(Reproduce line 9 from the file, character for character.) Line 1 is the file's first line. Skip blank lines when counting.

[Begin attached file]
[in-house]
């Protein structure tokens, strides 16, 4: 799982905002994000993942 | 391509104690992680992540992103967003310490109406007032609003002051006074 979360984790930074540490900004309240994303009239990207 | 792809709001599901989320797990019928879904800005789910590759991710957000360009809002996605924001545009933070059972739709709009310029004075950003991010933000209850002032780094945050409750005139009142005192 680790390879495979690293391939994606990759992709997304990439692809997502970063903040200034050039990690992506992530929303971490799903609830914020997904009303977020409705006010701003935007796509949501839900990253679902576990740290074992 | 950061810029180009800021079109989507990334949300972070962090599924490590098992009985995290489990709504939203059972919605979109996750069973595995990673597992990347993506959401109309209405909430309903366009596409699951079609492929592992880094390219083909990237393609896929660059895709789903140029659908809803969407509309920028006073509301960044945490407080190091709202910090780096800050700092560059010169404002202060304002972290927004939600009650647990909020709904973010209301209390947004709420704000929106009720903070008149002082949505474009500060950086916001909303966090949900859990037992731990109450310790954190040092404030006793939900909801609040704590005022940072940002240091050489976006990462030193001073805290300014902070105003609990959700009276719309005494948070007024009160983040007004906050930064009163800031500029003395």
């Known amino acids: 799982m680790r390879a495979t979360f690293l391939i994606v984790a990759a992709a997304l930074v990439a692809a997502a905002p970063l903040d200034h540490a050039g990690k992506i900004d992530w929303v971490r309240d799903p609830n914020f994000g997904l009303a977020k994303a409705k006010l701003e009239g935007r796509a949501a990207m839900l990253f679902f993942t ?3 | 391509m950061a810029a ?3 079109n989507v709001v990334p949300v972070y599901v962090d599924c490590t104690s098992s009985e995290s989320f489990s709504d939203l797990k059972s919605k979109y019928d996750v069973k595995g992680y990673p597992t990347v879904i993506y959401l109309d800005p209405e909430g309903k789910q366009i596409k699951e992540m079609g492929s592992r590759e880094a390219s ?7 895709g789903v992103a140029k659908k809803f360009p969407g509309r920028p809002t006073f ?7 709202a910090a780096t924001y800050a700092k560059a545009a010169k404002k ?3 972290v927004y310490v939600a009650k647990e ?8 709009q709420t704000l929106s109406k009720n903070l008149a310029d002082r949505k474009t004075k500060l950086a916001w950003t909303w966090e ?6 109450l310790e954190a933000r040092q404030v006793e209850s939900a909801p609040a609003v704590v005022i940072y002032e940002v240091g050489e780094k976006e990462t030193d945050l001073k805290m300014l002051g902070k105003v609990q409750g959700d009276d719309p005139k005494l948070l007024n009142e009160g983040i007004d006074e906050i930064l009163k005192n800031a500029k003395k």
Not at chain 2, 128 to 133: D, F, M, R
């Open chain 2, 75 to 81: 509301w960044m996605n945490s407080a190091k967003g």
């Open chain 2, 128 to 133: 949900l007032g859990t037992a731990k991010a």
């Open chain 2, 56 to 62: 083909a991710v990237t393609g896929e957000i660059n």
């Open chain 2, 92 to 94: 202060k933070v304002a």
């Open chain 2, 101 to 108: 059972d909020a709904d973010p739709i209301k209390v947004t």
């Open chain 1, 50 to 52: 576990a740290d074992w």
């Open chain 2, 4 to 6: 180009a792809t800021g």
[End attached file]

């Open chain 2, 101 to 108: 059972d909020a709904d973010p739709i209301k209390v947004t």